The introduction of my n=1 experiment concept about a month ago when I first started testing my blood sugars after consuming the so-called “low-carb” pasta from Dreamfields has been very well-received by many of my readers. With more and more companies claiming to provide products that are good for people who are livin’ la vida low-carb, I feel it is my duty to test these claims, share my results publicly, and encourage my readers to do their own n=1 experiments on these same foods to see how they react to them. With easy access to affordable glucometers at your local Wal-mart or drugstore, it’s the perfect of way of seeing for yourself exactly how various foods respond to YOU. When it comes down to it, that’s the only testing that really matters.
My hope with the creation of this series of experiments that I plan on conducting every month or so for the foreseeable future isn’t to try to make any of these companies purporting to have products for low-carb consumers necessarily look bad–on the contrary. I sincerely hope that I’ll see GOOD results in my blood sugar testing after eating products that even I myself have enjoyed as part of my low-carb lifestyle. But rather than guessing how they impact me or taking the the manufacturer at their word when they tell me something is “low-carb,” I’m gonna see whether it’s true for myself and tell you about it. I would hope that any company making products for the low-carb community would actually WELCOME this kind of testing if they genuinely stand behind the carb claims of their products. Transparency and honesty about the carbohydrate counts and blood sugar impact of these low-carb foods should produce lifelong customers for these companies if they are what they say they are.
As I’ve stated many times before (but it bears repeating again), these tests I’m doing don’t actually prove anything except what happens to Jimmy Moore when he eats whatever it is he is testing. Nothing more, nothing less. Even still, I’ve tried to keep the process as scientifically sound as I possibly can and eliminating any confounding variables that might interfere with the testing. Nevertheless, there have been some people who are questioning my methodology for testing and stating how the experiments could be made better. I welcome that kind of input and even encourage people to share their results after replicating these tests for themselves.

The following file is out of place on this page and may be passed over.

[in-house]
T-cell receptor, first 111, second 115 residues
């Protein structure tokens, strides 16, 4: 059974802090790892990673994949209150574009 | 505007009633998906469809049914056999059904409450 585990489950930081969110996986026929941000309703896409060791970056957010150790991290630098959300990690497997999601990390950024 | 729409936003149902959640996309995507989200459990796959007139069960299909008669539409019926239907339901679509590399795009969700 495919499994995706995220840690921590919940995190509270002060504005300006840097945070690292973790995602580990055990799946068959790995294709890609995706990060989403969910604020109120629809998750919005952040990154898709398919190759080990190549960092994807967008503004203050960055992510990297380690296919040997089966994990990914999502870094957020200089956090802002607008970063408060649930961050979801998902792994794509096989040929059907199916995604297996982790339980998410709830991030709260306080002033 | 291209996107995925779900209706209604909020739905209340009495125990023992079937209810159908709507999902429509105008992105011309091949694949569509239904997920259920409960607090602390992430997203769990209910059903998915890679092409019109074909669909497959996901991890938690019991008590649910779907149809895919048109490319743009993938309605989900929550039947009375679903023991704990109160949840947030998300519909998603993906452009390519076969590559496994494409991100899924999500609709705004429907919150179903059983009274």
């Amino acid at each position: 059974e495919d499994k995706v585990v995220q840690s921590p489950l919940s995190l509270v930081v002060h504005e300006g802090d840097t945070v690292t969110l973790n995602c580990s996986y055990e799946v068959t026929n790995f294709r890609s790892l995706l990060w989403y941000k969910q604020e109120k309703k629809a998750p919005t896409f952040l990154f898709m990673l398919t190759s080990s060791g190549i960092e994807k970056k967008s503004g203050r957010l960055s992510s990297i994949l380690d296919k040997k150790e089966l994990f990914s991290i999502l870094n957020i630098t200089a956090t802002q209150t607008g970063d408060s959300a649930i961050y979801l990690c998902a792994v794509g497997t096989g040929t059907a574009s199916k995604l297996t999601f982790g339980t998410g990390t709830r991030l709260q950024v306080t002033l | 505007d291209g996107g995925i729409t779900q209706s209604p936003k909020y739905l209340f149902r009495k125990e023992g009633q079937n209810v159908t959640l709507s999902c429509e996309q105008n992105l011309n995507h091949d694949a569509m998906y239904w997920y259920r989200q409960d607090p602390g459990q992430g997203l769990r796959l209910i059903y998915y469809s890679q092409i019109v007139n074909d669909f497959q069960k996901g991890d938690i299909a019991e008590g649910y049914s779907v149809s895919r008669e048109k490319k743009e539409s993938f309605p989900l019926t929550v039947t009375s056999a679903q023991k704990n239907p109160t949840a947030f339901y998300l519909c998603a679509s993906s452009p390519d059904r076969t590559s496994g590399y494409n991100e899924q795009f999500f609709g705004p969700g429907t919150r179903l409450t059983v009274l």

In response to my testing of Dreamfields last month where I used the exact same testing procedure used by the researchers in this February 2011 study published in Diabetes Care (consuming the pasta alone with just salt and pepper to flavor), a family physician from Canada who follows a “strict zero carb diet” that has provided him “great success” with his weight and health sent me an e-mail sharing his blood sugar testing results consuming Dreamfields combined with fat and some protein. Here’s what he wrote:
I occasionally use Dreamfields and was intrigued by your results even if I guess why it can happen: it may be about what you eat with them. Studies on glycemic index had taught us this lesson many times. I decided to test myself with added fat and proteins. For 55g of Dreamfields spaghetti, I added 4 tablespoons of butter and bits + fat of 3 lightly cooked bacon strip (uncured and no sugar added). I think this is nearer to the reality of a modified-carb diet meal.
Note that I have a fasting blood sugar over 110, which is a normal number for a zero-carber as the body produces sugar in the morning in response to secretion of “waking hormones” AND as the permanent closing of sugar receptors of the liver prevents any picking up of glucose molecules, a more than normal reaction on a no carbohydrate diet.
Here are my results:
Fasting blood sugar: 112
30 min postprandial: 117